Dennis Kennedy

Technology Law and Legal Technology. Dennis Kennedy is one of the few technology lawyers who is also an expert on the underlying technologies. Dennis an award-winning leader in the application of technology and the Internet to the practice of law. gives you access to a wide variety of Dennis Kennedy's resources on legal technology, his writings, his well-known blog, DennisKennedy.Blog, and information about how you can have Dennis speak to your organization or group.

Dennis Kennedy is one of the most knowledgeable legal technologists you will find. - Michael Arkfeld.

Dennis Kennedy, a lawyer and legal technology expert in St. Louis, Mo., has been a significant influence in the ever-evolving relationship between lawyers and the Web. - Robert Ambrogi

Archive for March, 2005

By Request Tuesday – Why Didn’t You Post Something Yesterday?

Tuesday, March 15th, 2005

To prove that I can.
And I wasn’t feeling well for the last few days. I had to put what energy I had into other things yesterday.
I posted more items than usual today to prove that I’m back in form. And feeling much better.
My goal has always been to post 3 to 5 times a week.
[Originally posted on DennisKennedy.Blog (]

Seeking Examples of Law Firm Technology Use Policies

Friday, March 11th, 2005

One of my sessions at ABA TECHSHOW 2005 is called “The Annotated Technology Use Policy,” in which I’ll be presenting with Blair Janis, of Ballard Spahr.
I want to use part of the session to walk through the provisions of a few model policies, highlighting strong points and weak points.
I thought it might be useful to use some real-life law firm technology use policies as the models, on an anonymous basis where we would in no way indicate where the policies came from.
So, I have the following offer. If you send me an electronic copy of your “sanitized” technology use policy with your firm’s permission to use it, without identification, in our session, I’ll give you some general and some specific comments about the policy and how you might improve it and I’ll send you a copy of my handout materials and slides for that session.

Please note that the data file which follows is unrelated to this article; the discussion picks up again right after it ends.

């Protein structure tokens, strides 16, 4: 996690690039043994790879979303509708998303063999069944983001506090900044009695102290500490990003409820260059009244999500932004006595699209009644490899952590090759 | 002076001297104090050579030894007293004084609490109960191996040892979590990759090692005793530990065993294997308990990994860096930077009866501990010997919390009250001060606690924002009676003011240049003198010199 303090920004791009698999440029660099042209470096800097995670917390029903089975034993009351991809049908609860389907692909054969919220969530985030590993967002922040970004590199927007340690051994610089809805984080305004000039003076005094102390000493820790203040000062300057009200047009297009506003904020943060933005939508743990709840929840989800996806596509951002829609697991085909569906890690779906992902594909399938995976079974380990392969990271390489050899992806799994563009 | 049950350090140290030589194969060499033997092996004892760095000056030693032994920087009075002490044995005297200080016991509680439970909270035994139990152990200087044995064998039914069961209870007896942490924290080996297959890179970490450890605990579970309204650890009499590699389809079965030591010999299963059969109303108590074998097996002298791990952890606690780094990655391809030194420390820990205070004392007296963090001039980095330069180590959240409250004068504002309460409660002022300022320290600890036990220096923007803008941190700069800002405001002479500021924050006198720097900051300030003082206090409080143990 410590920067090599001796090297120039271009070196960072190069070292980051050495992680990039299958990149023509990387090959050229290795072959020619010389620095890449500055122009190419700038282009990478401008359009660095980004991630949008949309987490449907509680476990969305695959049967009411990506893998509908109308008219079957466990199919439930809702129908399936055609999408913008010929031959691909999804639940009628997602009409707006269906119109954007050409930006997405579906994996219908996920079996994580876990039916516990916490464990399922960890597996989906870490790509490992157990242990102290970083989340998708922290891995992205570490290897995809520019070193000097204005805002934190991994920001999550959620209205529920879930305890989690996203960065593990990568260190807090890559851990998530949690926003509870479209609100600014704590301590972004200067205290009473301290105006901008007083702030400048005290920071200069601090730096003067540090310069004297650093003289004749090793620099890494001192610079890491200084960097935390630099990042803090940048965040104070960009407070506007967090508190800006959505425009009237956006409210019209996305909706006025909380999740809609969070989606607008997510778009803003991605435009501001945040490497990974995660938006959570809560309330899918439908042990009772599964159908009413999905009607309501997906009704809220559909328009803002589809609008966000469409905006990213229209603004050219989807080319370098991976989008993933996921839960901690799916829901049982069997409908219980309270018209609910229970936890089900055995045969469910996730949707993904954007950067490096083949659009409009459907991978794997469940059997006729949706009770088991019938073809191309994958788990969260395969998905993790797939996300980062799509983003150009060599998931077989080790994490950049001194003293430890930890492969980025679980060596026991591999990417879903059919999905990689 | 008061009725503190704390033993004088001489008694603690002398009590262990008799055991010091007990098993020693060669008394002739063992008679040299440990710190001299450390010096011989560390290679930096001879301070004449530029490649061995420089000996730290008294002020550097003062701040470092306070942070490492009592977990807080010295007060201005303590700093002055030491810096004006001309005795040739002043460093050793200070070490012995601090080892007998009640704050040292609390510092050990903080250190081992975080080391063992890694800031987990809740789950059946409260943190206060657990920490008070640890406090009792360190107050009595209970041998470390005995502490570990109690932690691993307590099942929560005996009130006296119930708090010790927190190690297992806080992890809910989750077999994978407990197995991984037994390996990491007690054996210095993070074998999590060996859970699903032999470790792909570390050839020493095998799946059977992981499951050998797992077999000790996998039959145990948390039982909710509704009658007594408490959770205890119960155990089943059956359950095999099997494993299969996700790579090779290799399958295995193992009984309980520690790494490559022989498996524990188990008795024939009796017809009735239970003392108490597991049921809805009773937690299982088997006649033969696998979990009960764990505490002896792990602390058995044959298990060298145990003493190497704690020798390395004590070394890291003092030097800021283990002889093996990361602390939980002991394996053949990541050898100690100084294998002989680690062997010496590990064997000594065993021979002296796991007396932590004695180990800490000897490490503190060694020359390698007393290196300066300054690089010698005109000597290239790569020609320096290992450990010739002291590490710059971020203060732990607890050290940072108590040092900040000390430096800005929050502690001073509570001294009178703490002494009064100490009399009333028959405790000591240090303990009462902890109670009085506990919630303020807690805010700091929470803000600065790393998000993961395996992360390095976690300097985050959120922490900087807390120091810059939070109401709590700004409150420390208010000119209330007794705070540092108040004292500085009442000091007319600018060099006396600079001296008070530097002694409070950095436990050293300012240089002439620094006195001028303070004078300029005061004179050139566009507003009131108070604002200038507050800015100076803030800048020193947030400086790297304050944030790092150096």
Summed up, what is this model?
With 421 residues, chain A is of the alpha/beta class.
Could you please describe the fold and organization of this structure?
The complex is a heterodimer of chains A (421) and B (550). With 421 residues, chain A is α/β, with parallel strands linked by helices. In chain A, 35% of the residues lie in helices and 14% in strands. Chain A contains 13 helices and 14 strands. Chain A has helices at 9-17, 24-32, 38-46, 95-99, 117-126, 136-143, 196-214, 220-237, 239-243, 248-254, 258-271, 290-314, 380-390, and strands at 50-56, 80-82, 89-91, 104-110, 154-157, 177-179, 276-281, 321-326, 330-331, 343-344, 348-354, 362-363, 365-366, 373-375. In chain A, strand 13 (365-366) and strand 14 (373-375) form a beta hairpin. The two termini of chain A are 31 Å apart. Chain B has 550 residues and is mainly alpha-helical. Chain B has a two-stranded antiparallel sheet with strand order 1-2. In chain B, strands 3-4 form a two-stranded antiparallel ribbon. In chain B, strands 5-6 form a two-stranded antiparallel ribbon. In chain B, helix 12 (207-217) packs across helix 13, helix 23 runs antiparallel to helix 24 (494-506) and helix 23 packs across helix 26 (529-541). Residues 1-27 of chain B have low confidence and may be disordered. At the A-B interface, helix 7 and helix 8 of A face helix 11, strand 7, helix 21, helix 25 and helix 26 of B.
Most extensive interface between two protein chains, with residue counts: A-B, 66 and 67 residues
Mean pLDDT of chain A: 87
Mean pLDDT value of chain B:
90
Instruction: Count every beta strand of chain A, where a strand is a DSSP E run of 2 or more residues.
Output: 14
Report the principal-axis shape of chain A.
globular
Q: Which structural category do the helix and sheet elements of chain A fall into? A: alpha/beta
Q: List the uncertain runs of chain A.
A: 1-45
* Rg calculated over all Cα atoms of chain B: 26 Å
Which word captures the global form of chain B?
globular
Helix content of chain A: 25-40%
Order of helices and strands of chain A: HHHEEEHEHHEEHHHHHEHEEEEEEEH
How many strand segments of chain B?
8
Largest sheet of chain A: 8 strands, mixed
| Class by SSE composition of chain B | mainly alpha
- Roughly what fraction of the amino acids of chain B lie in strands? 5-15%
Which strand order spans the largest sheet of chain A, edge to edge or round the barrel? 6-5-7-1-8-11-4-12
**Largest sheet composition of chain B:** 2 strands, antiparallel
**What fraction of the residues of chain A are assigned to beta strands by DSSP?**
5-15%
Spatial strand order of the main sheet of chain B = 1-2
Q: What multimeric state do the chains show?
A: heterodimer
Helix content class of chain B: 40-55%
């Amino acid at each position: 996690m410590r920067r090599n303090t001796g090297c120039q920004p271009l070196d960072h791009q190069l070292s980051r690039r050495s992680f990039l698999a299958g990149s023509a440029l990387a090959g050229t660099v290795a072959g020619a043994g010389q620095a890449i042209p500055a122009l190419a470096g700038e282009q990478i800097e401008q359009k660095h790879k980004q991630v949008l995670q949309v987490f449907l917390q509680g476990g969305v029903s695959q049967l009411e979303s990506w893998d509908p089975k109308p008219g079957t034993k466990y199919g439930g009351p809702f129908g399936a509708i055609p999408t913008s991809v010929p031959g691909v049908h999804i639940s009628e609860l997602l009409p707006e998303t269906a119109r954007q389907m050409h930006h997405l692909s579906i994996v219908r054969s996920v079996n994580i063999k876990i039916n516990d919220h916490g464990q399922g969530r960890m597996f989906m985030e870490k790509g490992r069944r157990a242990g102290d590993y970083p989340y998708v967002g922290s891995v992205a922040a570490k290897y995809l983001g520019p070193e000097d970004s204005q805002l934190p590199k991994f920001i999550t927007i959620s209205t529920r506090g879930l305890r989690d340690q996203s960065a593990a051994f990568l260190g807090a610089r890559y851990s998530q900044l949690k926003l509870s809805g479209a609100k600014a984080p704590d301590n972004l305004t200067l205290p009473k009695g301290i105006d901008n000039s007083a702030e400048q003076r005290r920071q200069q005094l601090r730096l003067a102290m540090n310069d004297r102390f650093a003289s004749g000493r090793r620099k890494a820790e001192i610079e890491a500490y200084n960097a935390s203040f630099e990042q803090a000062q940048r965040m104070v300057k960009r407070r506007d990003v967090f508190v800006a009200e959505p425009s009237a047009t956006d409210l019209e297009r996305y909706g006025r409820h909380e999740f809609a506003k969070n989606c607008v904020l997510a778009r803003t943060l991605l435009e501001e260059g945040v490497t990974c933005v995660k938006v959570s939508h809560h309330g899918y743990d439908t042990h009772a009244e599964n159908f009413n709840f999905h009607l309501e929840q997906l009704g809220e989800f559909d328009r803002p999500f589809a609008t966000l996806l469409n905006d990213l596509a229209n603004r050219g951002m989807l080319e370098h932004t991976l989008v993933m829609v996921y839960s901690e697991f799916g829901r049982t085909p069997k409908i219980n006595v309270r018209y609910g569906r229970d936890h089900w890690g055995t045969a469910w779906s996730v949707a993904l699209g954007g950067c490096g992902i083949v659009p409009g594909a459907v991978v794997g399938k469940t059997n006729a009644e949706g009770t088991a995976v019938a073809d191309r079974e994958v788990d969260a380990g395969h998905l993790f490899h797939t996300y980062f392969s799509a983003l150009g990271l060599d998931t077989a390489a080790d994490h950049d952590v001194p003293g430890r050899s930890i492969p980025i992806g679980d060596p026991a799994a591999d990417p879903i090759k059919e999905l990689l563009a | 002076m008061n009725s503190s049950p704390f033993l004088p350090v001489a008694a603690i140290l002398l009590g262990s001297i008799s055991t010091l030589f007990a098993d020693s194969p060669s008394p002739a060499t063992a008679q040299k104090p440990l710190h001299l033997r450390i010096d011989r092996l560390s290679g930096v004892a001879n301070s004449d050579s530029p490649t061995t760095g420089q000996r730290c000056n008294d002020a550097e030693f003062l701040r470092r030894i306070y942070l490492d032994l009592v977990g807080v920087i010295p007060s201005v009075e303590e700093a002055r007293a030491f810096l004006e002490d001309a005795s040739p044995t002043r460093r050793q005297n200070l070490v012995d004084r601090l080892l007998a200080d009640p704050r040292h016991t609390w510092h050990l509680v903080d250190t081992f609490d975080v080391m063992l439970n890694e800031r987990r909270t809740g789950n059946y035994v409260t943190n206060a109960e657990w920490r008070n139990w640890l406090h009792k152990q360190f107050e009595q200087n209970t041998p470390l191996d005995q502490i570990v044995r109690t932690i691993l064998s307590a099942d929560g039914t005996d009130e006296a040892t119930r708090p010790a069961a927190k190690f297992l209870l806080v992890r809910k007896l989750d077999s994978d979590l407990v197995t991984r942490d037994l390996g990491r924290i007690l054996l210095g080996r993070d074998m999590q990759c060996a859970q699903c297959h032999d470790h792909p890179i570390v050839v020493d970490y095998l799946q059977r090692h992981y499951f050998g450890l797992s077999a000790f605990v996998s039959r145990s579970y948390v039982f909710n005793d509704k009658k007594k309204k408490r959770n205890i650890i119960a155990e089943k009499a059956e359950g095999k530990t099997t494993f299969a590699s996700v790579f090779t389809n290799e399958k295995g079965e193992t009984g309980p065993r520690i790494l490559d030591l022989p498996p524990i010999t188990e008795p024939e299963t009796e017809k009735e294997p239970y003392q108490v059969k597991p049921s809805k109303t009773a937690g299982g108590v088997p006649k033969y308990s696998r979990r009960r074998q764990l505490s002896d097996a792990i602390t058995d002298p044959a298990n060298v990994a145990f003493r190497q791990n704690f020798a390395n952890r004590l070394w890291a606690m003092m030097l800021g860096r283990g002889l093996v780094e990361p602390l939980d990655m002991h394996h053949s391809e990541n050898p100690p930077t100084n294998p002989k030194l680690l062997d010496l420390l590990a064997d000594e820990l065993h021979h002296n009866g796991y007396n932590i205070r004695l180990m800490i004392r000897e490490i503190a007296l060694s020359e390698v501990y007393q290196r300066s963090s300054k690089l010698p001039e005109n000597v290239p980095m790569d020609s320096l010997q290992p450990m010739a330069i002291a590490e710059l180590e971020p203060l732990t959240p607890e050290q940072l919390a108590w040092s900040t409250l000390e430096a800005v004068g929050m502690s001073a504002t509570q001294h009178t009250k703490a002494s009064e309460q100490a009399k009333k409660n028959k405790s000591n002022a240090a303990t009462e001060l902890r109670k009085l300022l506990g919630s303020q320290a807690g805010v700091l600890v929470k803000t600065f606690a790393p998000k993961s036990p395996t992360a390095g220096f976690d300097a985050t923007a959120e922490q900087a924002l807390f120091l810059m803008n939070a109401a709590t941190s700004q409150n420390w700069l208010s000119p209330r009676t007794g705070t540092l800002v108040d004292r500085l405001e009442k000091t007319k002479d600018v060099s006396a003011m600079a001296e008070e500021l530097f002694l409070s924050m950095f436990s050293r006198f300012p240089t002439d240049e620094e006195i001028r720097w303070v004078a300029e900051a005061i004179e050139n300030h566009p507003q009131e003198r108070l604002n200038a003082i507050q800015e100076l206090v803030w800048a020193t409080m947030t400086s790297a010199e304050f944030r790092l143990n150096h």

You can reach me either by using the contact info found on my website or by emailing me at denniskennedyblog @
[Originally posted on DennisKennedy.Blog (]

ABA TECHSHOW Welcomes Law Student Attendees

Friday, March 11th, 2005

I had some feedback on my recent post, “Should I Go to ABA TECHSHOW?” and thought I’d follow-up on a couple of things over the next few days.
As the recent National Law Journal article on law firms that scrub their websites of any traces of their associates suggests, young lawyers really need to take an active role in learning about what to expect in their early careers and how to take steps to prepare to land on their feet if they start out in what turns out to be a bad situation.
There’s no time like the present to get started if you are currently in law school.
One of the areas that law schools will not prepare you for is legal technology and the role technology will play in your practice.
You can get a good look at what is available and learn from lawyers who actually use technology by coming to ABA TECHSHOW.
The concern, as always, is yeah, but won’t it cost me a lot of money?
It won’t, especially if you are already in the Chicago area.
I see two great options for law students.